**Still, the Saints had to make a first down or they would have to give it back to Philadelphia. On third down and 11, Kamara rushed straight up the middle for 12 yards and a first down to put the game away.

**After a bad start, Brees came on strong, finishing 28 of 38 for 301 yards with two touchdowns and one interception. After a fast start, Foles fizzled, finishing 18 of 31 for 201 yards and a touchdown with the two costly interceptions.

**Thomas was terrific with 12 catches for 171 yards and a touchdown. New Orleans rushed for 137 yards. New Orleans amassed 420 yards and gave up 250 yards, only 99 after the first two Philadelphia drives of the game.

**The Saints overcame bad field position throughout the game. Other than their first and last possessions that started at their own 35 and 33, New Orleans drives had an average starting field position of their own 16-yard line. Hard to win that way but the Saints found a way.

It was hard-fought and the Saints made enough mistakes to lose but found a way to win. It will take a much better effort to beat a better team in the Los Angeles Rams next week.

After the game, Payton gave the game ball to Gayle Benson.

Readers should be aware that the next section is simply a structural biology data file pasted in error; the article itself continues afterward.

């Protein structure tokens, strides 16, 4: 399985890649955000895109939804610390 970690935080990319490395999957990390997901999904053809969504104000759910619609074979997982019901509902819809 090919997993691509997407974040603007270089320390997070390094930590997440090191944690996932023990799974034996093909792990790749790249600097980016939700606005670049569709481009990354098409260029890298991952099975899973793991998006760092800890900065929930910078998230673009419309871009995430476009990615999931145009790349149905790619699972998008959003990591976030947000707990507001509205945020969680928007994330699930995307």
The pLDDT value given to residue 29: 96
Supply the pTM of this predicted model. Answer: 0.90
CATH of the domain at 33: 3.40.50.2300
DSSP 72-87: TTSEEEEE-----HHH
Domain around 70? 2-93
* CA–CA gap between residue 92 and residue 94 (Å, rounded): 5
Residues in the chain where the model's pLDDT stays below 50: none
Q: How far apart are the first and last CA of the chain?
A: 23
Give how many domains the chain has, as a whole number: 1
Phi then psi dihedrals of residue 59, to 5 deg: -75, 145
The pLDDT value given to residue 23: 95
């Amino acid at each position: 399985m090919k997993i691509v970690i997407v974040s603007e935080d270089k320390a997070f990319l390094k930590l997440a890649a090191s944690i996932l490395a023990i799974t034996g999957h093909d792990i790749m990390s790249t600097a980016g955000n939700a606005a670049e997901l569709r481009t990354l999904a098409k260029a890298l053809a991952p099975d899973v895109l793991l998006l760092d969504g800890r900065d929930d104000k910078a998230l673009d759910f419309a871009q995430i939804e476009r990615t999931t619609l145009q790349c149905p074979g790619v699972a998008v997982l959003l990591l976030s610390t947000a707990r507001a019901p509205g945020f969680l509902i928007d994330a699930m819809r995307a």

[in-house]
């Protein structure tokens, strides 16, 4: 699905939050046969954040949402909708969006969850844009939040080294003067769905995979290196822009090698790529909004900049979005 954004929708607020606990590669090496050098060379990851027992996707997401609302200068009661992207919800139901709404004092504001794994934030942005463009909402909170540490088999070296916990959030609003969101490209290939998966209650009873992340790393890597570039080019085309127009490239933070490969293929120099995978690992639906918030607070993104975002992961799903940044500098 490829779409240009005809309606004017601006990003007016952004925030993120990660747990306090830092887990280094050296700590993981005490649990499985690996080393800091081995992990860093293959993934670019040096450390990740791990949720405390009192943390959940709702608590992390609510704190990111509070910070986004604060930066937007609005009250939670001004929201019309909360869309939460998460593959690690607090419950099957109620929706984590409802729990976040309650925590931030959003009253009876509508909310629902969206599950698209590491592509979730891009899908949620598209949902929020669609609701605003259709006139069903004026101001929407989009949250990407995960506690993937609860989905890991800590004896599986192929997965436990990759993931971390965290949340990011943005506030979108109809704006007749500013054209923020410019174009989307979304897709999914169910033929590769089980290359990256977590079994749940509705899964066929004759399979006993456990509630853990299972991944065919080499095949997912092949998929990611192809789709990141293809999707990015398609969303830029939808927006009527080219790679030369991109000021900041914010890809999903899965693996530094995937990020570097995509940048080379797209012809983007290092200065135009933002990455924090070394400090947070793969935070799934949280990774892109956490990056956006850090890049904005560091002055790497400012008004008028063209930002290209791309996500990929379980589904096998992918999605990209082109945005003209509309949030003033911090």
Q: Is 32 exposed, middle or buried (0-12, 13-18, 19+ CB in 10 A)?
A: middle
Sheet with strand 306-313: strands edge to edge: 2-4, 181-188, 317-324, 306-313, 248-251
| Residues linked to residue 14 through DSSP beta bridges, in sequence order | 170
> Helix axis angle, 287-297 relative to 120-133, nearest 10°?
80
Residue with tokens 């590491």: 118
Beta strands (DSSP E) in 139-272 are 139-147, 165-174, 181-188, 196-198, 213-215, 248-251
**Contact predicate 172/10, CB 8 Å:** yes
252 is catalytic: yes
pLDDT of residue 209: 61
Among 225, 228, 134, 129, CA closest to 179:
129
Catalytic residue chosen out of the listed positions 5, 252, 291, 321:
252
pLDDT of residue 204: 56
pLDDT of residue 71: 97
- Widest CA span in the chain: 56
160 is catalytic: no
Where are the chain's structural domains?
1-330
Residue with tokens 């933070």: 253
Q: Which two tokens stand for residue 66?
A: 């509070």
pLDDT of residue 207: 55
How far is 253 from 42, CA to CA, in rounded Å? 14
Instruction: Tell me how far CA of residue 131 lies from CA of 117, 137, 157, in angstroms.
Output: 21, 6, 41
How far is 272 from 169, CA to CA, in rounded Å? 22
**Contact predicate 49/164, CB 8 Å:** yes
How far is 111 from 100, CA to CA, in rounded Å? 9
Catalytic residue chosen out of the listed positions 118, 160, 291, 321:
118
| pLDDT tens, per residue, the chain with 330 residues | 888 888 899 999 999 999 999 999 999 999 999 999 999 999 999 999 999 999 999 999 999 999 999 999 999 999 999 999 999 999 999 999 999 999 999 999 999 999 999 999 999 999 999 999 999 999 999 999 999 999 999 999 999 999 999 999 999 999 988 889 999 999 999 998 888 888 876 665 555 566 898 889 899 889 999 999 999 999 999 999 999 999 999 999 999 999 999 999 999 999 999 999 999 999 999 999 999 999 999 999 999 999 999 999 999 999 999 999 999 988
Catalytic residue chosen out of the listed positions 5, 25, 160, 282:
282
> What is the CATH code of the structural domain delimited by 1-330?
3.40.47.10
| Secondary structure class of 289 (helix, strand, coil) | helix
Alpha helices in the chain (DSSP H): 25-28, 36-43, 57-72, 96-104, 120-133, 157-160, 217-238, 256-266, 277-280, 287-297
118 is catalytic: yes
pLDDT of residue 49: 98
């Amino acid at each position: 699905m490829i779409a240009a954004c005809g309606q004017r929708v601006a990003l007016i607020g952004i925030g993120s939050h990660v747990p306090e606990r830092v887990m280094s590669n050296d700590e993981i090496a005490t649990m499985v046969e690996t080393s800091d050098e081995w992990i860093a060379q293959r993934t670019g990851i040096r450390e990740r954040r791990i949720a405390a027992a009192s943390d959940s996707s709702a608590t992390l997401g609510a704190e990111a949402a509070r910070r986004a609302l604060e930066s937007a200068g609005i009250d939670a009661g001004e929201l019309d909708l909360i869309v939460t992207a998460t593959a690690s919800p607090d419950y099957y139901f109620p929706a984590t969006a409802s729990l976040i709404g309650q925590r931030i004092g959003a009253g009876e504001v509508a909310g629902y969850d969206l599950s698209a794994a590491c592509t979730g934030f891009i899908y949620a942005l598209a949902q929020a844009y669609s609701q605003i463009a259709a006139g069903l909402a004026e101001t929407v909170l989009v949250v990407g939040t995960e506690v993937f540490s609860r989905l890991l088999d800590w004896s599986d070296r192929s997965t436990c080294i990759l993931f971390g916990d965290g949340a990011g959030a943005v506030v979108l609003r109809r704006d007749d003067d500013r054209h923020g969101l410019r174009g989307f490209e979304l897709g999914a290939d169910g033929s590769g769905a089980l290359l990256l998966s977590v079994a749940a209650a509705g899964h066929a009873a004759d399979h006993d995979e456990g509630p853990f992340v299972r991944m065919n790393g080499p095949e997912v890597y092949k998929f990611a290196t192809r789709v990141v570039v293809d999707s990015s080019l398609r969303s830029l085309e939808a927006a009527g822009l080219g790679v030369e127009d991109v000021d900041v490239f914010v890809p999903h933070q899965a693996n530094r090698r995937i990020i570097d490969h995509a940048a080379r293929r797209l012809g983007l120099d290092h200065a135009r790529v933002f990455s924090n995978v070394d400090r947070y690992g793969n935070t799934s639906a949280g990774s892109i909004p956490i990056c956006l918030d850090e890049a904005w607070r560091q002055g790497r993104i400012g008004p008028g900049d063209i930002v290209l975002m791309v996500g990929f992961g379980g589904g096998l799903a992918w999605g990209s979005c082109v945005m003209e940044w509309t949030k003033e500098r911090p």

Now comes a rematch with the high-powered, highly motivated Rams. It is how it should be. They were the two best teams in the conference, if not the NFL, all season long.

While the Rams have the extra day, having won Saturday night, they will have to make the long flight here and play in a very hostile building. It is as it should be.

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Ken Trahan

Ken Trahan


Born and raised in the New Orleans area, CCSE Owner and CEO Ken Trahan has been a sports media fixture in the community for nearly four decades. Ken started with Bill Hammack and Don Jones in 2008. In 2011, the site became On August 1, 2017, Ken helped launch Having accumulated national awards/recognition (National Football Foundation, College…